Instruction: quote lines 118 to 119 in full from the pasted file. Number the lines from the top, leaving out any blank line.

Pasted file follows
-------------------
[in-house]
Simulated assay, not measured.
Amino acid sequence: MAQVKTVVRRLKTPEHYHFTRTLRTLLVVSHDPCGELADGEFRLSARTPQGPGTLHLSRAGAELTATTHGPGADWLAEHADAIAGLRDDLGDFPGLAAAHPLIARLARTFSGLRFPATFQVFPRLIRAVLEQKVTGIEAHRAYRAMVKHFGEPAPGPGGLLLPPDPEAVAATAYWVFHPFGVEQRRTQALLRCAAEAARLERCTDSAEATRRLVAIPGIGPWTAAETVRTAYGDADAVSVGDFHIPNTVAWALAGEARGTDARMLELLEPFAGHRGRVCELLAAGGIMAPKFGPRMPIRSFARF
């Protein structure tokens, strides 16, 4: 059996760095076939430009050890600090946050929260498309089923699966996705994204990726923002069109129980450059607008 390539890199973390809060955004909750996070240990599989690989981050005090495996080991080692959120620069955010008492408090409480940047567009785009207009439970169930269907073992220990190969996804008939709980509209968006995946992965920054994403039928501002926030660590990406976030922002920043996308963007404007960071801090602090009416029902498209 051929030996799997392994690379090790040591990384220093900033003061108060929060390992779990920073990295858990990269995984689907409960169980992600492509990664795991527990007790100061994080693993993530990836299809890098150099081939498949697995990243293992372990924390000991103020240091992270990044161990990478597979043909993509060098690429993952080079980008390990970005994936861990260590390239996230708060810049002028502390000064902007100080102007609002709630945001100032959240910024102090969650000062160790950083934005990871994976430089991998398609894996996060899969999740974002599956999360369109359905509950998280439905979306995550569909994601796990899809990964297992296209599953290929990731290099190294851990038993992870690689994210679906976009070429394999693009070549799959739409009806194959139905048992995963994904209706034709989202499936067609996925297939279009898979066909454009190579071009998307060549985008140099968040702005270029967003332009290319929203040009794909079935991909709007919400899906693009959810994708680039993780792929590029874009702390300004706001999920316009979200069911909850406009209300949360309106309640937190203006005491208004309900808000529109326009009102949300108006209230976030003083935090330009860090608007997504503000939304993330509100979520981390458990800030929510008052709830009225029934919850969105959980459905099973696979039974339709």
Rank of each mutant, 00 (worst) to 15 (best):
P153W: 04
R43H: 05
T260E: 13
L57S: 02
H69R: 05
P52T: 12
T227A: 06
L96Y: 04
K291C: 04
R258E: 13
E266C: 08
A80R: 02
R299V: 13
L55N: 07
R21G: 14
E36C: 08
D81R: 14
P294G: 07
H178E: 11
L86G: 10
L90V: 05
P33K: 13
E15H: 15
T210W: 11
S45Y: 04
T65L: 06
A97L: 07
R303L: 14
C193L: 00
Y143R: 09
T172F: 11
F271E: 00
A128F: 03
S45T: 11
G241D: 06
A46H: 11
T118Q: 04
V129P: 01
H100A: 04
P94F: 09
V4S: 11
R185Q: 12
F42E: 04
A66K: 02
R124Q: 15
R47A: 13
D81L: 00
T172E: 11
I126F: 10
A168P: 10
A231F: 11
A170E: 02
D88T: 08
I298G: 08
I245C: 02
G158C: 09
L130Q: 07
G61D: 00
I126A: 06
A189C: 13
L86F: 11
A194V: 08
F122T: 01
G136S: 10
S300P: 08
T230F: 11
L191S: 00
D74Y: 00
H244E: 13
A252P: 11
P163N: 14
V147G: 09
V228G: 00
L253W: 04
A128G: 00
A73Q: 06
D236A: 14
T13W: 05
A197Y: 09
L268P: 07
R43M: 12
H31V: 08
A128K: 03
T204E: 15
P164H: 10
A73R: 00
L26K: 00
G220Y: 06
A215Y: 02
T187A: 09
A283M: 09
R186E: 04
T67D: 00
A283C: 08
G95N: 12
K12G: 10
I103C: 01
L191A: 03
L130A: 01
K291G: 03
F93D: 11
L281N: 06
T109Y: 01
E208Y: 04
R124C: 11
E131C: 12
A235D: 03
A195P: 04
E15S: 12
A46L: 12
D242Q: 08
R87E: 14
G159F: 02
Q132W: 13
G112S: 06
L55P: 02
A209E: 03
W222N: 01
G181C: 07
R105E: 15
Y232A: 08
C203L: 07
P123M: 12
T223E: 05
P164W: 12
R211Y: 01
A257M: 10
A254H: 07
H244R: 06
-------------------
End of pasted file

G159F: 02
Q132W: 13